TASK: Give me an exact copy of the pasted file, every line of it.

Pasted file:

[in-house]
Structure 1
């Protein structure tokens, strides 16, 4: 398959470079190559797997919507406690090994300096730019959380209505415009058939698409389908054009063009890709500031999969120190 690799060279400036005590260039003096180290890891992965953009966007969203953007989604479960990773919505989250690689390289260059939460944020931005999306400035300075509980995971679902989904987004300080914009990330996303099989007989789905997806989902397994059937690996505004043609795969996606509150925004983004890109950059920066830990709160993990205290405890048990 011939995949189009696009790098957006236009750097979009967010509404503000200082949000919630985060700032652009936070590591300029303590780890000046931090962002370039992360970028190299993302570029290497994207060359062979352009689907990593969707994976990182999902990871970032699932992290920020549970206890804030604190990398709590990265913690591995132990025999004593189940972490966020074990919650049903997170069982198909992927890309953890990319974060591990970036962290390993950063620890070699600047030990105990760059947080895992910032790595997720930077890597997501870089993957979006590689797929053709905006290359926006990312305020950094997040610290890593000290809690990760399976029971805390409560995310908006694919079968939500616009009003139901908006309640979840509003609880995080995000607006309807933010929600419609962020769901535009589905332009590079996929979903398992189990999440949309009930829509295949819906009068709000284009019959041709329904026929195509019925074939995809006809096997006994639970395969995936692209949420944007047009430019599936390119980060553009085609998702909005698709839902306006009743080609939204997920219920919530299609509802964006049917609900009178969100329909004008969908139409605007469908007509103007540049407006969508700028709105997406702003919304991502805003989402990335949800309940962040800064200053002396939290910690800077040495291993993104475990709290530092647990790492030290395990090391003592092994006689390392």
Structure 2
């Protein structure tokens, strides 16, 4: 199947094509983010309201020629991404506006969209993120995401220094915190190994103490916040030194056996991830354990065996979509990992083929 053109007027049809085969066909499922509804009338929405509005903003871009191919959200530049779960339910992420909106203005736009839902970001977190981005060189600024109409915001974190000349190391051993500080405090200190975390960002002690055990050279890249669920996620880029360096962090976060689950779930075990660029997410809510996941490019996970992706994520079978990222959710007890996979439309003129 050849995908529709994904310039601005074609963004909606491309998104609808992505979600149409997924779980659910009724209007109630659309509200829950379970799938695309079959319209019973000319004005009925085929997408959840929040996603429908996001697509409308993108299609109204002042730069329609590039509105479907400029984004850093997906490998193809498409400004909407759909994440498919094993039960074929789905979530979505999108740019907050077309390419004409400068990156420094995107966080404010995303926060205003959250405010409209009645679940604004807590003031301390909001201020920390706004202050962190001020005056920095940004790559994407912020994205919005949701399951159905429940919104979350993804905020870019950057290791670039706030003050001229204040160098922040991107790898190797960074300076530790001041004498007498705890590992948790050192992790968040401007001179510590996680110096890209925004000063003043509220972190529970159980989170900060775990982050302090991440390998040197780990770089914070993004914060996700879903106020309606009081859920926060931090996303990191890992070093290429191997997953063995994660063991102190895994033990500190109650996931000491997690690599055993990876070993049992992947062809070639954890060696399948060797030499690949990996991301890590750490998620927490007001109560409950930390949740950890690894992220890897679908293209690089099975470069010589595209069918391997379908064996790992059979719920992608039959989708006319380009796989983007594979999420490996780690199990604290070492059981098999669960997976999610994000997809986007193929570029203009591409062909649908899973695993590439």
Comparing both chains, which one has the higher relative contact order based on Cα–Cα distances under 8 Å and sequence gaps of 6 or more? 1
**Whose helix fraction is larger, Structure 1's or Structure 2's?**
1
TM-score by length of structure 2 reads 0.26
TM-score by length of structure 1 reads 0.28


[in-house]
Structure 1
């Protein structure tokens, strides 16, 4: 398959470079190559797997919507406690090994300096730019959380209505415009058939698409389908054009063009890709500031999969120190 690799060279400036005590260039003096180290890891992965953009966007969203953007989604479960990773919505989250690689390289260059939460944020931005999306400035300075509980995971679902989904987004300080914009990330996303099989007989789905997806989902397994059937690996505004043609795969996606509150925004983004890109950059920066830990709160993990205290405890048990 011939995949189009696009790098957006236009750097979009967010509404503000200082949000919630985060700032652009936070590591300029303590780890000046931090962002370039992360970028190299993302570029290497994207060359062979352009689907990593969707994976990182999902990871970032699932992290920020549970206890804030604190990398709590990265913690591995132990025999004593189940972490966020074990919650049903997170069982198909992927890309953890990319974060591990970036962290390993950063620890070699600047030990105990760059947080895992910032790595997720930077890597997501870089993957979006590689797929053709905006290359926006990312305020950094997040610290890593000290809690990760399976029971805390409560995310908006694919079968939500616009009003139901908006309640979840509003609880995080995000607006309807933010929600419609962020769901535009589905332009590079996929979903398992189990999440949309009930829509295949819906009068709000284009019959041709329904026929195509019925074939995809006809096997006994639970395969995936692209949420944007047009430019599936390119980060553009085609998702909005698709839902306006009743080609939204997920219920919530299609509802964006049917609900009178969100329909004008969908139409605007469908007509103007540049407006969508700028709105997406702003919304991502805003989402990335949800309940962040800064200053002396939290910690800077040495291993993104475990709290530092647990790492030290395990090391003592092994006689390392």
Structure 2
């Protein structure tokens, strides 16, 4: 199947094509983010309201020629991404506006969209993120995401220094915190190994103490916040030194056996991830354990065996979509990992083929 053109007027049809085969066909499922509804009338929405509005903003871009191919959200530049779960339910992420909106203005736009839902970001977190981005060189600024109409915001974190000349190391051993500080405090200190975390960002002690055990050279890249669920996620880029360096962090976060689950779930075990660029997410809510996941490019996970992706994520079978990222959710007890996979439309003129 050849995908529709994904310039601005074609963004909606491309998104609808992505979600149409997924779980659910009724209007109630659309509200829950379970799938695309079959319209019973000319004005009925085929997408959840929040996603429908996001697509409308993108299609109204002042730069329609590039509105479907400029984004850093997906490998193809498409400004909407759909994440498919094993039960074929789905979530979505999108740019907050077309390419004409400068990156420094995107966080404010995303926060205003959250405010409209009645679940604004807590003031301390909001201020920390706004202050962190001020005056920095940004790559994407912020994205919005949701399951159905429940919104979350993804905020870019950057290791670039706030003050001229204040160098922040991107790898190797960074300076530790001041004498007498705890590992948790050192992790968040401007001179510590996680110096890209925004000063003043509220972190529970159980989170900060775990982050302090991440390998040197780990770089914070993004914060996700879903106020309606009081859920926060931090996303990191890992070093290429191997997953063995994660063991102190895994033990500190109650996931000491997690690599055993990876070993049992992947062809070639954890060696399948060797030499690949990996991301890590750490998620927490007001109560409950930390949740950890690894992220890897679908293209690089099975470069010589595209069918391997379908064996790992059979719920992608039959989708006319380009796989983007594979999420490996780690199990604290070492059981098999669960997976999610994000997809986007193929570029203009591409062909649908899973695993590439």
Comparing both chains, which one has the higher relative contact order based on Cα–Cα distances under 8 Å and sequence gaps of 6 or more? 1
**Whose helix fraction is larger, Structure 1's or Structure 2's?**
1
TM-score by length of structure 2 reads 0.26
TM-score by length of structure 1 reads 0.28